Exit polls also showed the efficacy of the pro-life message as a campaign issue: Voters consistently ranked abortion and foreign policy as tied for their second most important issue. The economy and immigration roughly tie for first place, according to CNN exit polls. Just over 10% of Republican primary voters valued abortion as their top issue in the 2024 presidential election.

That seems like a preview of things to come. On Tuesday night, President Joe Biden foreshadowed a 2024 presidential campaign revolving around abortion.

Biden Leans into Abortion

After winning all but one of his contests, as well, Joe Biden looked toward the general election. Donald Trump will promise to “rip away fundamental freedoms like the ability for women to make their own health care decisions,” meaning the “right” to abortion and transgender surgeries, Biden said in a statement released Tuesday night. Although Trump has mused that he has favorable thoughts about protecting unborn life after 15 weeks gestation, with exceptions for rape and incest — a policy that would allow more than 90% of all abortions — he has yet to announce his abortion position. His stump speech during the primaries has highlighted his role in appointing three of the six Supreme Court justices who reversed Roe v. Wade’s judicial overreach and returned the issue of abortion to democratic control.

Biden also plans to highlight Trump’s legal battles and alleged threat to “our democracy.” Trump is “driven by grievance and grift,” said President Biden, who is under federal investigation for engaging in a decades-long, multimillion-dollar career of grift and influence-peddling. “He is determined to destroy our democracy.”

Low-Level Rebellion Continues against Joe Biden

President Joe Biden won all but one primary, as well as the Iowa caucus. (The Democratic Party decided to sideline traditional first-in-the-nation Iowa and New Hampshire due to their purported lack of diversity, replacing them with South Carolina and Nevada.)

Biden’s only defeat came, not at the hands of Rep. Dean Phillips (D-Minn.) nor author Marianne Williamson, but a heretofore unknown candidate: Jason Palmer, a 52-year-old entrepreneur who once worked for the Bill and Melinda Gates Foundation, won 56% of the vote — or 51 of the 91 votes cast in the American Samoa caucus. Palmer campaigned on “people-first conscious capitalism” and “reigniting the faith of young people and independents who have lost confidence in America’s institutions.” The island gave Michael Bloomberg his only victory in 2020.

Yet Democratic primary voters continue to wage a low-level protest against Biden by supporting a different non-candidate, “Uncommitted”: 18% of Minnesota Democrats voted uncommitted, as did 12% in North Carolina as of this writing. Thus far, “Uncommitted” has earned seven delegates to the Democratic National Convention. Even some highly-placed Democratic Party operatives decry the prospect of choosing between Biden and Trump. “The choice is not a great choice right now,” one battleground Super Tuesday state Democratic Party chair told Politico. “I’d rather both of them weren’t running.”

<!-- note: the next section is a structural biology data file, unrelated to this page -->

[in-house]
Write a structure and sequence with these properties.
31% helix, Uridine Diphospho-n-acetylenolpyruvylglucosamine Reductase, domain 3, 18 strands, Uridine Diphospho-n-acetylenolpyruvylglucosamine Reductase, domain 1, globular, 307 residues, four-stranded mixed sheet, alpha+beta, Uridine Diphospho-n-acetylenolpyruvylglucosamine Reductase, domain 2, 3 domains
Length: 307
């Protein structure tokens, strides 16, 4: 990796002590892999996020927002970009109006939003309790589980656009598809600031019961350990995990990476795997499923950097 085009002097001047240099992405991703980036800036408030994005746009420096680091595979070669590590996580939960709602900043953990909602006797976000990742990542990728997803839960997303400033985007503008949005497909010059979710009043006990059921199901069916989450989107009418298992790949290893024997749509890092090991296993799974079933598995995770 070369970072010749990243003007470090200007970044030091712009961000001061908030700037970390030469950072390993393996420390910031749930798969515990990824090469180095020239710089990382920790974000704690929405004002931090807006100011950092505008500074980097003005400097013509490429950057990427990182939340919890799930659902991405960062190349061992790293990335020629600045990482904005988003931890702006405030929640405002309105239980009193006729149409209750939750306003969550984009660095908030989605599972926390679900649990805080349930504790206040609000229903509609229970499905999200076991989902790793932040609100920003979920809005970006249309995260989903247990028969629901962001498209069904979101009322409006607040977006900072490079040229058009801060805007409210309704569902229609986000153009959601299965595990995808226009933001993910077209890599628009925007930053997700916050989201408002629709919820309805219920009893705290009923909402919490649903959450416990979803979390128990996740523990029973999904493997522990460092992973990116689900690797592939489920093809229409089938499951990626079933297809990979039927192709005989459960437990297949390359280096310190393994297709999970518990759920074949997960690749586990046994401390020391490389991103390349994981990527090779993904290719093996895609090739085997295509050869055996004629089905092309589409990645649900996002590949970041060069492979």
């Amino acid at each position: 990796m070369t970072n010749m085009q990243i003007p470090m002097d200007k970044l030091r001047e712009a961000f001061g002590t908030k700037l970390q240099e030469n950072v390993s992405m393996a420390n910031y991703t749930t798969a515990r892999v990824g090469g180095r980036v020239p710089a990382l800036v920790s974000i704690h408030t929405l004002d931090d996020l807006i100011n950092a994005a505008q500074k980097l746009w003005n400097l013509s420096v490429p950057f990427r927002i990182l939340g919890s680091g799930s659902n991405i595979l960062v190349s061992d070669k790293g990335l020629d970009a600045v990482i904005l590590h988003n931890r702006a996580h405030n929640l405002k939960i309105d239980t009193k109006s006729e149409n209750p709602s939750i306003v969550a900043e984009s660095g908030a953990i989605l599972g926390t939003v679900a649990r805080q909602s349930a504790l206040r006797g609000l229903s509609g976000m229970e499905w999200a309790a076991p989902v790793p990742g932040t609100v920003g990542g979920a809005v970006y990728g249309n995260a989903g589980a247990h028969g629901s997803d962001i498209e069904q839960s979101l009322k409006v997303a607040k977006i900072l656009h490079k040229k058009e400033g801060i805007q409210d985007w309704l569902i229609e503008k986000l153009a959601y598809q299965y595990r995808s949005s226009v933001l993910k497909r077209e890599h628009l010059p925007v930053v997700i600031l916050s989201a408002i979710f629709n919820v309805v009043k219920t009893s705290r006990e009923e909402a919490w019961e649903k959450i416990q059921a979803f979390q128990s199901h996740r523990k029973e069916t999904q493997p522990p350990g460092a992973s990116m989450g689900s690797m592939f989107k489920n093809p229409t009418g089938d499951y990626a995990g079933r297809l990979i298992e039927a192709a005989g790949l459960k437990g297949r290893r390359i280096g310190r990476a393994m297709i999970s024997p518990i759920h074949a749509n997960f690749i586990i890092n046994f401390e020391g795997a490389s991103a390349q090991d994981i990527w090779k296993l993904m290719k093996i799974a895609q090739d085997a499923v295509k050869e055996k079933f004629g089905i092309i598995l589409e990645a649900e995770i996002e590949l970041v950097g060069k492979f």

President Trump looks forward to a comparison of his record vs. President Biden’s in eight months. He noted the nation’s roaring economy, energy independence, “the largest tax cuts in history,” the “largest regulation cuts in history,” and the fact that he “rebuilt our military.”

He continued, “African American, Asian American, Hispanic American, women, men, people with diplomas from the best schools and the world and people that didn’t graduate from high school — every single group was doing better than ever before. It was a beautiful thing.”

“Our country was coming together. And now we have a very divided country,” said Trump.

“If we lose this election, we’re not going to have a country left.”

Other Primaries

In North Carolina, Lt. Governor Mark Robinson overcame $1 million worth of attack ads from businessman Bill Graham to resoundingly win the Republican presidential nomination for governor with 65% of the vote. He will face Democratic Attorney General Josh Stein in the general election.

In the California race to replace Senator Dianne Feinstein, Rep. Adam Schiff handily beat his top Democratic challenger, Rep. Katie Porter. (Longshot progressive Rep. Barbara Lee also ran for the vacancy.) Thanks to the state’s jungle primary — in which the top two vote-getters of any party advance to the general election — Schiff will run against Steve Garvey, the legendary San Diego Padres first baseman hoping to become the first Republican to win statewide office in 18 years. Schiff spent his own money to elevate Garvey over Porter in a state where registered Democrats outnumber Republicans two-to-one. But Garvey has the winning profile of successful Republican candidates in the deep-blue state, such as Arnold Schwarzenegger: celebrity status, centrist views, and no political record to attack.

In Texas, Democrat Colin Allred will face off against incumbent Senator Ted Cruz. Allred criticized Cruz for opposing Biden’s Ukraine funding bill, whose border provisions would expedite the release of asylum-seekers into the United States. Cruz’s last unsuccessful challenger, Beto O’Rourke, parlayed his senatorial defeat into a presidential candidacy.

In Arizona, Democrat-turned-independent Senator Krysten Sinema’s decision to leave the Senate at the end of the year leaves Democrat Ruben Gallego as the Left’s candidate for the seat.

Redistricting served up a rare case of two Republican incumbent congressmen facing each other: Rep. Barry Moore defeated Rep. Jerry Carl to advance to likely victory in the state’s first congressional district.

Ben Johnson is senior reporter and editor at The Washington Stand.